Regional Reviews: Seattle
The Full Monty at the 5th Avenue Theatre
Seeing the nifty national touring company of The Full Monty at the 5th Avenue last week, I couldn't help pondering why this terrific show closed on Broadway after a decent but unremarkable run. For this writer's money, The Full Monty is as good a show as Broadway has seen in the last ten years, and it is well-represented in this touring edition.
Based on the popular film, which was set in England, book writer par-excellence Terrence McNally switched the locale from Sheffield, England to Buffalo, New York, while retaining the essence and edge of the original film. Composer-lyricist David Yazbek musicalized all the right moments to help spin the tale of six unemployed and rather ungainly steelworkers who conspire to make some cash by letting it all hang out ala Chippendales male strippers. Jack O'Brien's jaunty direction and Jerry Mitchell's sassy, brassy, and oh yeah, SEXY choreography are replicated with the utmost fidelity in this handsome tour. And if the principal male characters aren't quite as satisfyingly diverse looking a bunch as their Broadway counterparts, they are just as multi-talented.
Christian Anderson is right on the mark as the group's mastermind, divorcee Jerry Lukowski, shining in his comic moments (the darkly comic trio "Big Ass Rock" with cohorts Dave and Malcolm) as effortlessly as he does in his haunting solo ballad "Breeze Off the River." As his portly best buddy Dave, Michael J. Todaro may not look as paunchy as references to his character might suggest, but he is sweet and adorably zany, especially on his duet "You Rule My World", in tandem with Robert Westenberg's (see David's interview with Robert Westenberg) tightly wound Harold, a role which the Broadway vet plays with tremendous brio. Cleavant Derricks is just the right "Big Black Man" for the job as the older but still hip fellow somewhat misleadingly known as Horse. Derricks was a wow some two decades ago as one of the original male leads in Dreamgirls, and he remains so in this role. Geoffrey Naufts as Malcolm, the mama's boy, and Christopher J. Hanke as the Donald O'Connor obsessed Ethan are both comic charmers as their characters slowly realize their infatuation with each other, and their voices blend well on the touching duet ballad "You Walk With Me." On opening night, the role of Jerry's supportive son Nathan was well played by young Brett Murray (alternating in the role with Aaron Nutter).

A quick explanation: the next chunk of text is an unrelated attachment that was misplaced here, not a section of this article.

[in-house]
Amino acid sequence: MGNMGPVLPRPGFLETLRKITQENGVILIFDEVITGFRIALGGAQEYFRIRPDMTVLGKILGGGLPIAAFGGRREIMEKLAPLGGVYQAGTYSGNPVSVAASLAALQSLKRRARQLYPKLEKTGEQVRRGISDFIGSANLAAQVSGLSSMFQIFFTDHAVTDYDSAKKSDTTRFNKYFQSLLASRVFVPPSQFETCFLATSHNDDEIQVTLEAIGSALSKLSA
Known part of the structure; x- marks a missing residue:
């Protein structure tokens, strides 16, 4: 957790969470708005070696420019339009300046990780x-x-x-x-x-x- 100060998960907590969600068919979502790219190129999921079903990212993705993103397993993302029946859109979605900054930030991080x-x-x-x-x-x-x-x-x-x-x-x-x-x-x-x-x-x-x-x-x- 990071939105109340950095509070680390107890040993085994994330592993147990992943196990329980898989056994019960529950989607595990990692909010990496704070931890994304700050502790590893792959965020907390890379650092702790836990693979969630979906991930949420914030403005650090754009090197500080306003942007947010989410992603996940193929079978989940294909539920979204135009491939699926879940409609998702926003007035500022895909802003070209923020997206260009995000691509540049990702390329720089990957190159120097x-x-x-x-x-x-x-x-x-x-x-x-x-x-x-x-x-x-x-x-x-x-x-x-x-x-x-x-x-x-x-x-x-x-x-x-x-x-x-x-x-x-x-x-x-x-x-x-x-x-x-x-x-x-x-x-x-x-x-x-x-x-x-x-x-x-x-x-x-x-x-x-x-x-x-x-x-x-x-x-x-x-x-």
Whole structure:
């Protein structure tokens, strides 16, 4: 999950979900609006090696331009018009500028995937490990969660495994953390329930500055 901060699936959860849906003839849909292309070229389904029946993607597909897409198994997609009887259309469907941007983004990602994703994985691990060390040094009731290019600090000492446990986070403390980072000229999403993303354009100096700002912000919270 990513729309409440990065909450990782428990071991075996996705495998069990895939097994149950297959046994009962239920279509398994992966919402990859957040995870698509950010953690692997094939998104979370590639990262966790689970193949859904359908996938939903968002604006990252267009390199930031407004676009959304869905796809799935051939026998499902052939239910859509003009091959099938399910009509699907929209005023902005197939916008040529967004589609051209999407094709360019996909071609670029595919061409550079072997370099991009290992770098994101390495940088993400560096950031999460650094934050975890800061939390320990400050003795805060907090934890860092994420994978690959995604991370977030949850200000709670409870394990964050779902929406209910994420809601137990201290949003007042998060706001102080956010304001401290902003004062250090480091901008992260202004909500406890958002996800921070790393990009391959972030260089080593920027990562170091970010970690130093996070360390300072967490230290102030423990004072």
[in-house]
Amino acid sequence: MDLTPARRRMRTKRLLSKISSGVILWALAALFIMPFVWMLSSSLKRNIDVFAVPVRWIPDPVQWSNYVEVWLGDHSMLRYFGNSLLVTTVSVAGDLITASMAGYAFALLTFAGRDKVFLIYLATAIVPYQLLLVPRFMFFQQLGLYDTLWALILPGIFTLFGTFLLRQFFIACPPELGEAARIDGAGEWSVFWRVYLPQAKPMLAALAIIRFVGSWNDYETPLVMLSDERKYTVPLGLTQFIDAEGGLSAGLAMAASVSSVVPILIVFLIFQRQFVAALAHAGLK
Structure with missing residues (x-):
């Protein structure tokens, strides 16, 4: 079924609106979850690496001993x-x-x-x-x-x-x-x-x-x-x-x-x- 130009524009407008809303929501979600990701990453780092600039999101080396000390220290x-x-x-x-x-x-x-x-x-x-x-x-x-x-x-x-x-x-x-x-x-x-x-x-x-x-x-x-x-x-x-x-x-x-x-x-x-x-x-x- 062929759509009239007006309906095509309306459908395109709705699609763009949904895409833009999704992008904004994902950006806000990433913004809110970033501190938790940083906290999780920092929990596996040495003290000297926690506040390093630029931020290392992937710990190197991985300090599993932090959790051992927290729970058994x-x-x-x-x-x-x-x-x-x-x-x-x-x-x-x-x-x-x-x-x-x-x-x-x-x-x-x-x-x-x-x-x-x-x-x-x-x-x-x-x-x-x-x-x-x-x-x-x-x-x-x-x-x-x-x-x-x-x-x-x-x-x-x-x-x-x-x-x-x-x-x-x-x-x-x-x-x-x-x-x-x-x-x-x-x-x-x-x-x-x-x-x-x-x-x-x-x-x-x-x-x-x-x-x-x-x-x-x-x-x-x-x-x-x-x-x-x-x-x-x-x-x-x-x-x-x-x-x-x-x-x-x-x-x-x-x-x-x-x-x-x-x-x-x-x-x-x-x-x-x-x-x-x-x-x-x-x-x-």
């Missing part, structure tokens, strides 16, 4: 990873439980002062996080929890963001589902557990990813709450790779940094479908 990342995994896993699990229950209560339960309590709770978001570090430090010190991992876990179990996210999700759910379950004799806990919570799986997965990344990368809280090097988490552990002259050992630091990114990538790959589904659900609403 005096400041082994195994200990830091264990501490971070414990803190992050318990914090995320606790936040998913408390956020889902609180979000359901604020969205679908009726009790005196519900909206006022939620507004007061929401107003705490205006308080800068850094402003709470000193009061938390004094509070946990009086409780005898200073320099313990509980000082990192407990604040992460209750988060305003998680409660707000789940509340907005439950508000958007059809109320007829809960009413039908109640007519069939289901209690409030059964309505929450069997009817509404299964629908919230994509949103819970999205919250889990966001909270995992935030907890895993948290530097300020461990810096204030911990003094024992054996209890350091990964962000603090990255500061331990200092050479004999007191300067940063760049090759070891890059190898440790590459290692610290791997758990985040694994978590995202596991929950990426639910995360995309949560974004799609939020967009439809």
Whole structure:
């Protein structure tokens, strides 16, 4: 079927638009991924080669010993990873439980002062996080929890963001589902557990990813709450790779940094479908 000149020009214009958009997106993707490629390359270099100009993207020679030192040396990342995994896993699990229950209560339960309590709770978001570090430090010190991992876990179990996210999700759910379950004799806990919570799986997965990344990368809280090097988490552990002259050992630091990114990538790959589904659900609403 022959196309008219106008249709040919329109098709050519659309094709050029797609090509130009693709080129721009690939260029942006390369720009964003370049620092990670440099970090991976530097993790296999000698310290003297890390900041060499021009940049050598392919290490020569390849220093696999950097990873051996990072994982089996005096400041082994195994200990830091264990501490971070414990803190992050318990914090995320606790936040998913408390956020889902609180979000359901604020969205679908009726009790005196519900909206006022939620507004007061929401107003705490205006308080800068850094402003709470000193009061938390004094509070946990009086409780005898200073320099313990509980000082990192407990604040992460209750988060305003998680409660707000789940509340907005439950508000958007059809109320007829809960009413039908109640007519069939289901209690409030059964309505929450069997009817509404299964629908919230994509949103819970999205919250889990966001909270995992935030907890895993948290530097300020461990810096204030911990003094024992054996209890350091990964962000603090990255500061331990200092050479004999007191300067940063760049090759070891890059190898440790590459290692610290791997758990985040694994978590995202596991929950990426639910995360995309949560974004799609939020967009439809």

McNally's canniest original invention for the stage version of The Full Monty is the character of Jeanette, a still spry senior citizen piano player who shows up to help the boys rehearse their strip show. The late, great character actress Kathleen Freeman owned this role on Broadway, so it is no small compliment to say that Carol Woods makes the role her own and rocks the house with "Jeanette's Showbiz Number" as rousingly as she did "Broadway Baby" in the recent Broadway revival of Follies. Whitney Allen is warmly believable as Jerry's likable ex-wife Pam, Heidi Blickenstaff is deliciously brassy as Harold's spoiled wife Vicki, and Jennifer Naimo shines as Dave's supportive wife Georgie.
Mitchell's choreography is highlighted not only by the big "Let It Go" finale (and for the uninitiated, yes they do!), but also by the dynamic act 1 closing "Michael Jordan's Ball" and the achingly funny fantasy number "The Goods." On the musical side, conductor Ben Whiteley leads an accomplished orchestra (largely made up of Seattle musicians) that rarely overwhelms the singers or their lyrics. John Arnone's glossily handsome scenic design, Howell Binkley's excellent lighting design and Robert Morgan's suitable and sometimes-naughty costumes are well preserved here.
The appreciative full house at The Full Monty's Seattle opening will undoubtedly spread the word that this is an utterly engaging adult musical, well worth a first look, but unlike many a touring company that has come through Seattle, worth seeing all over again.
The Full Monty runs Tuesday-Sunday through Dec. 8 at the 5th Avenue Theatre, 1308 Fifth Ave., Seattle. For more information on-line go to www.5thavenuetheatre.org.- David-Edward Hughes